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Last week, I wrote about the drones that caused a disruption at Gatwick Airport. The airport, located just south of London, was closed for almost two days. The closure caused numerous diversions and delays. On last Friday, a couple was arrested in connection with the incident, but they were soon released. This is where the story about what occurred at the airport gets really weird. Numerous websites and blogs have launched conspiracy theories about what happened. I figured it to be fair to provide you all some of the “fodder”.
The New York Times reported that the conflicting reports of drone sightings, without video evidence, just leads to uncertainty about what really occurred. The article even suggests that a terrorist organization could have been testing vulnerabilities at the airport.
According to the Daily Mail, Sussex Police were able to recover fingerprints from a drone that crashed at the airport, but were unable to locate the person because the prints were clean. This meant the person(s) had no previous criminal history.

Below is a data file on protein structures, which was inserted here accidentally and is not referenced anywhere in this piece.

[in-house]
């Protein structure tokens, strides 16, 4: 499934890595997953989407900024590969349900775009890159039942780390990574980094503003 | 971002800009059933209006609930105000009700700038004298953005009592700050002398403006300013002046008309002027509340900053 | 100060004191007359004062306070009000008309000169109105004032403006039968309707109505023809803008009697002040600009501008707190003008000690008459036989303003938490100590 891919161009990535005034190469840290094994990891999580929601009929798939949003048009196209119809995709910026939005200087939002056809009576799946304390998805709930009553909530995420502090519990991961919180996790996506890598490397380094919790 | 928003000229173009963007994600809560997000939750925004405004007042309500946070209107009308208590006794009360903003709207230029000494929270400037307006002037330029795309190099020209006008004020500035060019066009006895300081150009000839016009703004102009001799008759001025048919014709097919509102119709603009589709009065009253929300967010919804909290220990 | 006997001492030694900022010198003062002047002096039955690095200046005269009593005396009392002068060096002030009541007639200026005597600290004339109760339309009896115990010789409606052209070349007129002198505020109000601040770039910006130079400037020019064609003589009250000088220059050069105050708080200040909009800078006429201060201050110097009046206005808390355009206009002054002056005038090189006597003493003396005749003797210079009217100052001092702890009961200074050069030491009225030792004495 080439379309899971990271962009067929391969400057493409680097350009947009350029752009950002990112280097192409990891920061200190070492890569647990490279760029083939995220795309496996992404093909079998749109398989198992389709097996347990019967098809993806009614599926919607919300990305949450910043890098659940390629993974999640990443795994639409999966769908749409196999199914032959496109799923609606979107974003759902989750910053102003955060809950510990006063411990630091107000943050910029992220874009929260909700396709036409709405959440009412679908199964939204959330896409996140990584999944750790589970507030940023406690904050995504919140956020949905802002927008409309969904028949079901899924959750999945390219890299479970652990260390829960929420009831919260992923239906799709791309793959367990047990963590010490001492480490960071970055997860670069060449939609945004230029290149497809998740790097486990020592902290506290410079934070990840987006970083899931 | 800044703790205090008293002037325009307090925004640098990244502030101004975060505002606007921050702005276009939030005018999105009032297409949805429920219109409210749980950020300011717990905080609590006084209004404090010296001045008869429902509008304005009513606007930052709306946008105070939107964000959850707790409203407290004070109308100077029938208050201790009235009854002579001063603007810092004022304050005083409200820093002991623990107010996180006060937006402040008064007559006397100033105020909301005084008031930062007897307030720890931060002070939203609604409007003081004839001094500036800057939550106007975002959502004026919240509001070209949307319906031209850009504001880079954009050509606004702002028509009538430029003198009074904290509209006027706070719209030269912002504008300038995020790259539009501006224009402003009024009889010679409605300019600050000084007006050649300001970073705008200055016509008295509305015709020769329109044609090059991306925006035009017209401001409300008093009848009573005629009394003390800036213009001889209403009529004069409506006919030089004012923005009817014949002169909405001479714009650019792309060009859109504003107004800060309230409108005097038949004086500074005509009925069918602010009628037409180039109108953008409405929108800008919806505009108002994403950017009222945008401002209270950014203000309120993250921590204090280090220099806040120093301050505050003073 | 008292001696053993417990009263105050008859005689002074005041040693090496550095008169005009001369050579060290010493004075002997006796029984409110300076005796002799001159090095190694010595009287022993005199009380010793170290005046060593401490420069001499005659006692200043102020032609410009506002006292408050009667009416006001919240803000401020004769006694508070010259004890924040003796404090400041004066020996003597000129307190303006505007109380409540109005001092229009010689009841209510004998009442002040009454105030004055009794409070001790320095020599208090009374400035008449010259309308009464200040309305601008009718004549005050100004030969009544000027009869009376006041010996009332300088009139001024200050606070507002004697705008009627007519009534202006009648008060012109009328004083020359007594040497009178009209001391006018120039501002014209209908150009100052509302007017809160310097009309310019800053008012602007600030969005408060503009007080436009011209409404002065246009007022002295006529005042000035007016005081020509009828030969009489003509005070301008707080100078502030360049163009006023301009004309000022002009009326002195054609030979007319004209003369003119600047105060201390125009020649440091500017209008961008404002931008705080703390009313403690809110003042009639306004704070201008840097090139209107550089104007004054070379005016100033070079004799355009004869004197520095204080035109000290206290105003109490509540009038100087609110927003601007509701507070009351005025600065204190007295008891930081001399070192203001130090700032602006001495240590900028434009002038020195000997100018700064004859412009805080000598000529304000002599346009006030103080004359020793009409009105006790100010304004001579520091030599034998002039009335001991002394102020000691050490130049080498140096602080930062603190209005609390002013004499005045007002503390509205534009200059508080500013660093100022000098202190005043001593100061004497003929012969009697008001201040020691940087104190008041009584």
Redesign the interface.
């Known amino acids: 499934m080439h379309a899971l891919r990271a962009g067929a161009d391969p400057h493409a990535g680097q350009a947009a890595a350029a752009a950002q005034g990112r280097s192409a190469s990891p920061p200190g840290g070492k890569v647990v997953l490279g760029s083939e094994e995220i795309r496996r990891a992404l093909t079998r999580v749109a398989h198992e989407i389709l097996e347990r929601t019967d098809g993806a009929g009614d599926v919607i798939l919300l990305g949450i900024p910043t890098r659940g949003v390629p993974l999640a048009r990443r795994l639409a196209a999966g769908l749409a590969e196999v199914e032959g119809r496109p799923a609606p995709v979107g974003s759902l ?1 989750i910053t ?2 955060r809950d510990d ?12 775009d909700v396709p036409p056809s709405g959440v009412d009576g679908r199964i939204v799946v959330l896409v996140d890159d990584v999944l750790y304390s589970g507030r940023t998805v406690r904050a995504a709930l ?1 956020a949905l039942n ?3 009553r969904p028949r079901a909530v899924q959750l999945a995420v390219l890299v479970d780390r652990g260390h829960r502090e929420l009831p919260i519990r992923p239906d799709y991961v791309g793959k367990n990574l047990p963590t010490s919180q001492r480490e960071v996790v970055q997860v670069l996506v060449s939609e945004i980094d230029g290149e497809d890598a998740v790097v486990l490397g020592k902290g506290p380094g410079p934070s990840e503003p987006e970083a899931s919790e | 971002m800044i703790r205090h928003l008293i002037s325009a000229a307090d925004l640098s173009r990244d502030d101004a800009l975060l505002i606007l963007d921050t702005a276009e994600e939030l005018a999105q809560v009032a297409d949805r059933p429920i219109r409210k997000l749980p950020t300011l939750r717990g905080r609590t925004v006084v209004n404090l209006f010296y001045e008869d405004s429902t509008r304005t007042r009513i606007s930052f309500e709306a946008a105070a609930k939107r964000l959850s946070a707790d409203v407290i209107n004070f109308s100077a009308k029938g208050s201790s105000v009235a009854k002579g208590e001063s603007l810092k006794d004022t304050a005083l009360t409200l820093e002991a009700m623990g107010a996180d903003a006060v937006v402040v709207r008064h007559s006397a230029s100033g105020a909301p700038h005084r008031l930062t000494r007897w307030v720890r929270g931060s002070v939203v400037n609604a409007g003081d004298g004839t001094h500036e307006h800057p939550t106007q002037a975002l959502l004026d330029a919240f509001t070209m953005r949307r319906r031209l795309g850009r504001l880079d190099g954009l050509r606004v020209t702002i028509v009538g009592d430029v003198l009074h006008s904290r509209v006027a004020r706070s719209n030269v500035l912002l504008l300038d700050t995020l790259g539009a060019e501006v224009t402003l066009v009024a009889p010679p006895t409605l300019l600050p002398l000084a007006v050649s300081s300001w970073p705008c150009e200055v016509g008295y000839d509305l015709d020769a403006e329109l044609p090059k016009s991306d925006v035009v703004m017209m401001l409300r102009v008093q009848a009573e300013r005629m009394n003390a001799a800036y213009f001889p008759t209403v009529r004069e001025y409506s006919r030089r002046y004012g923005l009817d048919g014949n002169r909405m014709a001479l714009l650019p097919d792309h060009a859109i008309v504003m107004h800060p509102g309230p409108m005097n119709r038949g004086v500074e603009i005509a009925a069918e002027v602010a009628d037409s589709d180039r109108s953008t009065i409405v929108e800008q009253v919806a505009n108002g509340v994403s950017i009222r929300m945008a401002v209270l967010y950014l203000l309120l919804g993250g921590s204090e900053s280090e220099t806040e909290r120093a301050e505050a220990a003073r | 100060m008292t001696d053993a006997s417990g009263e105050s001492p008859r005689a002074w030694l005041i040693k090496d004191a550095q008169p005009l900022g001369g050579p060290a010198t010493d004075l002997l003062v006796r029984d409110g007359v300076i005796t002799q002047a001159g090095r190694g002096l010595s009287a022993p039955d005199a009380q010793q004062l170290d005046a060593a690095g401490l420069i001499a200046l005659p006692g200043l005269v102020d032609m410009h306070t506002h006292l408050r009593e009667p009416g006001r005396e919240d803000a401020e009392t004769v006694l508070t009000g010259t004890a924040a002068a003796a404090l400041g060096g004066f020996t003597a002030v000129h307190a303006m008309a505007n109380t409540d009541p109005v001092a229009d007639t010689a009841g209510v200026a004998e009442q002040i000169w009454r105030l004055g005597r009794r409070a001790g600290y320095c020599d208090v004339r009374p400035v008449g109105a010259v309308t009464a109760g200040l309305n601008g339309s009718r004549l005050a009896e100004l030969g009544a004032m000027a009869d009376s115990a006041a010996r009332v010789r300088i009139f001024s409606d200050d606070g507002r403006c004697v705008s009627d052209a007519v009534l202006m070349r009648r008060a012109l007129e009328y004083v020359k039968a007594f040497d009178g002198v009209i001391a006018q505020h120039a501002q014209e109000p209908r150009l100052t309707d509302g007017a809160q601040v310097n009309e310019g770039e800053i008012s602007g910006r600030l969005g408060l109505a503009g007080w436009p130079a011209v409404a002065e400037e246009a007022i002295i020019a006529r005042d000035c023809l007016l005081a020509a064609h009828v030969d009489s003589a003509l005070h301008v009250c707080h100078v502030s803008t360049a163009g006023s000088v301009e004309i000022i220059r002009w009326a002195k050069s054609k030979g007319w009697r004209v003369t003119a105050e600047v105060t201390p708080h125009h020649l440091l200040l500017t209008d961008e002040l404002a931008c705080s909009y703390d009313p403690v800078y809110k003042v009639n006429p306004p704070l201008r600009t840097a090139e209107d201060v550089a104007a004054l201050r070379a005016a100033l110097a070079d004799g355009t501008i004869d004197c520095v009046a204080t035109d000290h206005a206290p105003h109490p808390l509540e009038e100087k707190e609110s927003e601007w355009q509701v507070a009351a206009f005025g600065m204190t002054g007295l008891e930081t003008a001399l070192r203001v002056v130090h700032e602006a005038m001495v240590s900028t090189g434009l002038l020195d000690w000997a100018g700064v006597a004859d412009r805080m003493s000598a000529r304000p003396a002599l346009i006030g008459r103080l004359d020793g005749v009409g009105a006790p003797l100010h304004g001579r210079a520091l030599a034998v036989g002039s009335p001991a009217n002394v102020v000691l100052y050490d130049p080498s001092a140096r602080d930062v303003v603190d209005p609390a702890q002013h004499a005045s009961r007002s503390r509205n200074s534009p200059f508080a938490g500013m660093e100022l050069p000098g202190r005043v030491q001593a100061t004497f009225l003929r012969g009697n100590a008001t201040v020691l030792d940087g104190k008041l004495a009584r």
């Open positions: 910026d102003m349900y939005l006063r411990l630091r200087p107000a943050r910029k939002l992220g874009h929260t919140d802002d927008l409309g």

Lastly, The Guardian published a report that offered a stern warning to Gatwick Airport (or any other entity that was reading). The report stated that the communication between response forces was flawed and even suggested that there may not have been any drones at the airport. Cressida Dick, The United Kingdom’s most senior police chief offered the following: “I think the whole country and certainly the government will have watched what’s gone on and say we need to up our game here, we need to work even more closely with the private companies, we need to work even more closely with the military, we need to try to be able to prevent the criminal use of drones for whatever motivation near our airports – and, if somebody does do that, we need to find them as quickly as possible, get the drone under control and also bring the people to justice.”
I do not actually know what happened at Gatwick Airport last Wednesday. I do, however, appreciate that the airport erred on the side of caution rather than launching aircraft for a potentially catastrophic event. We may not never know what truly happened at Gatwick, but I can assure you that passengers made it safely to their destinations. If not, this would have been an entirely different blog post.